Until four years ago, Katera Moore did not eat at Mexican restaurants. “Even if they have chicken tacos, I would be scared to death because of the pork,” said Moore, an urban geographer with a Ph.D. in earth and environmental studies and one of the roughly 150,000 Muslims living in Philadelphia. “And even if there’s no language barrier, somebody could just think you’re ridiculous. It’s really risky.”
Moore met Cristina Martinez and Ben Miller, the couple behind the acclaimed taqueria South Philly Barbacoa, at a food justice event at Philadelphia’s central library in 2015, “and Ben told me that the lamb that they serve was halal and that they really were keeping the lamb separate from the pork. So I took my family; it was great, and we became regulars. It was like, ‘Oh my god, more Muslims should know about this because it’s really, really good.’”
As an outspoken undocumented person, Martinez knows what it’s like to be part of a marginalized community, and speaking truth to power has been as much a part of the South Philly Barbacoa business plan as the otherworldly tacos. “It’s all been an intentional shift for the last seven years, trying to get to this point where our restaurant is inclusive and universal, and everybody can be on the same equal plane,” Miller said.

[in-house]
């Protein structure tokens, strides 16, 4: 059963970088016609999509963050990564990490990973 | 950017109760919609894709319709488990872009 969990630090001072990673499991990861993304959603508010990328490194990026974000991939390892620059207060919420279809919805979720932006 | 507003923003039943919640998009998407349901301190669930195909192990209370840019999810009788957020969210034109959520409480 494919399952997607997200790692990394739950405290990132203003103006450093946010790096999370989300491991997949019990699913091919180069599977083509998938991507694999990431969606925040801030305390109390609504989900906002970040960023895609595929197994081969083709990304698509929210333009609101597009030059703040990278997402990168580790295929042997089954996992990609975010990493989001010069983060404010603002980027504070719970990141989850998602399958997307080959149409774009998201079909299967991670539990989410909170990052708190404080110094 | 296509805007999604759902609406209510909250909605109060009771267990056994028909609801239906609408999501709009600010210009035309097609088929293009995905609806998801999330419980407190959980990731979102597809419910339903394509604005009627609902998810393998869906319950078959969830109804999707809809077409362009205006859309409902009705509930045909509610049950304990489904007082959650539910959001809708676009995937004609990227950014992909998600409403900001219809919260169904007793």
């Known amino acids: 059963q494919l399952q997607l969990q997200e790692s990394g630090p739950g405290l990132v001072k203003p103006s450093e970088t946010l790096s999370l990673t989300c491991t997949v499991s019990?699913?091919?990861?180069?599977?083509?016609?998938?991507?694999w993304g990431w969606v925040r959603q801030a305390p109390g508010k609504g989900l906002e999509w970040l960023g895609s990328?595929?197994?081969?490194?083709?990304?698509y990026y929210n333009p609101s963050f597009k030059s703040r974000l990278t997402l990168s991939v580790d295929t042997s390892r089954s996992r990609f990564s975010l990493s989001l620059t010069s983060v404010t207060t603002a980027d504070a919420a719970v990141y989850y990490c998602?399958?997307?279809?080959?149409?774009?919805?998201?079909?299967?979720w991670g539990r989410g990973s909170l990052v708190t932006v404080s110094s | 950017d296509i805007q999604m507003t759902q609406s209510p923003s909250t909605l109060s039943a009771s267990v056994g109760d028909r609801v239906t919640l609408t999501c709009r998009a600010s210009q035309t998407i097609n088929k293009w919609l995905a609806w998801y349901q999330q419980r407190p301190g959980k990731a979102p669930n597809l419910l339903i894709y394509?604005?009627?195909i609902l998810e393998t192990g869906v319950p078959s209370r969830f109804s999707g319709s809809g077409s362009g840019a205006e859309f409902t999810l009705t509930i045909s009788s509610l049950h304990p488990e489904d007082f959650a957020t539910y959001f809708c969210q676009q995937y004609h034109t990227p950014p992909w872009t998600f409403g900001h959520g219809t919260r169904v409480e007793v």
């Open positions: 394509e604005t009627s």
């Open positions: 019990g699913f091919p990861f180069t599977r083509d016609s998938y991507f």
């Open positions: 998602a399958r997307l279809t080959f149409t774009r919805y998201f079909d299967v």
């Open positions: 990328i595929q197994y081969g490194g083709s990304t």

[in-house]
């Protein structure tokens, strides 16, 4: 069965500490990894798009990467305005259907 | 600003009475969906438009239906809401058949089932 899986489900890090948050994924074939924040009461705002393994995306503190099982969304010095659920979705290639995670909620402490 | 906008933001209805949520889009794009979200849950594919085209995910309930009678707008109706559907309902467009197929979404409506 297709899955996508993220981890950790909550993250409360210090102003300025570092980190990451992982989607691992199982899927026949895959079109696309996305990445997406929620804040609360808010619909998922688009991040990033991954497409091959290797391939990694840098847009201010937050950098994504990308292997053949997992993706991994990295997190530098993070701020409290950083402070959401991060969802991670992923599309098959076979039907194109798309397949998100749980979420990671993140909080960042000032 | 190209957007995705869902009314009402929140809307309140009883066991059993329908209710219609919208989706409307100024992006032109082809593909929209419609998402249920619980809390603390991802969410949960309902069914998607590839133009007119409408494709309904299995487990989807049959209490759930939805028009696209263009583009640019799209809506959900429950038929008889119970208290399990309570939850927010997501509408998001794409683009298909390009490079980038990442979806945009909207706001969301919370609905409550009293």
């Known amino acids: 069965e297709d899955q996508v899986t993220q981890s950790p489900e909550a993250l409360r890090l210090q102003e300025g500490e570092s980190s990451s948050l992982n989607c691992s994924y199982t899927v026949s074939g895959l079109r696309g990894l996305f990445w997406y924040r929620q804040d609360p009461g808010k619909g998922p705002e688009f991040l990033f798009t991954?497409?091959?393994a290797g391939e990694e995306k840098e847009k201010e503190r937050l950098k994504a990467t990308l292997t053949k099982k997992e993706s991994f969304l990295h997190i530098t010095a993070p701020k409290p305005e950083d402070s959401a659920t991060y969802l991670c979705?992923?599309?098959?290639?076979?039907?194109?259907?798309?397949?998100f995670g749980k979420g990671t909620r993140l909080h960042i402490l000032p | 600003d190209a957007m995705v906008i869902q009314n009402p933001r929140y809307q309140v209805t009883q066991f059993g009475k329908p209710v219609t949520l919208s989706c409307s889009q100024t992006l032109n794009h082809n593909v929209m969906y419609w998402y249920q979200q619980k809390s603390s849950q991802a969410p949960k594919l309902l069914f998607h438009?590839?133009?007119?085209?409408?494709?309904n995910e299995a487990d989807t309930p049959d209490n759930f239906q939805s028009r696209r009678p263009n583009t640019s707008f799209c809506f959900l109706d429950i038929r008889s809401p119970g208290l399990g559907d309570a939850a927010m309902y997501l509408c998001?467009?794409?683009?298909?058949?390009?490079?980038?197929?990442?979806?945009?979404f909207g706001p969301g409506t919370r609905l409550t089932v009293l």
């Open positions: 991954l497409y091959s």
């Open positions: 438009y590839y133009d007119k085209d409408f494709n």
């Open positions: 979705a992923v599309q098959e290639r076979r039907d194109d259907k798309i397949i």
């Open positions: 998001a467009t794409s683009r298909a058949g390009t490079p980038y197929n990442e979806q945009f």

For the first time in the restaurant’s history, that’s truly the case. In the fall, South Philly Barbacoa stopped serving pork.
But wait. Didn’t you say their tacos are lamb?
They are, and it’s always been halal. Before it had a national reputation and lines out the door — and before Martinez, a native of Capulhuac, Mexico, was a James Beard Best Chef Mid-Atlantic nominee and the star of a heart-rending “Chef’s Table” episode — South Philly Barbacoa was just a street cart, parked outside a Mexican bakery on the corner of South 8th and Watkins streets. This was 2014, and even from those early days, the lamb that Martinez wrapped in maguey leaves, steamed, chopped with a vicious cleaver, and pressed into warm tortillas was halal. At the time, the choice was less about inclusivity than…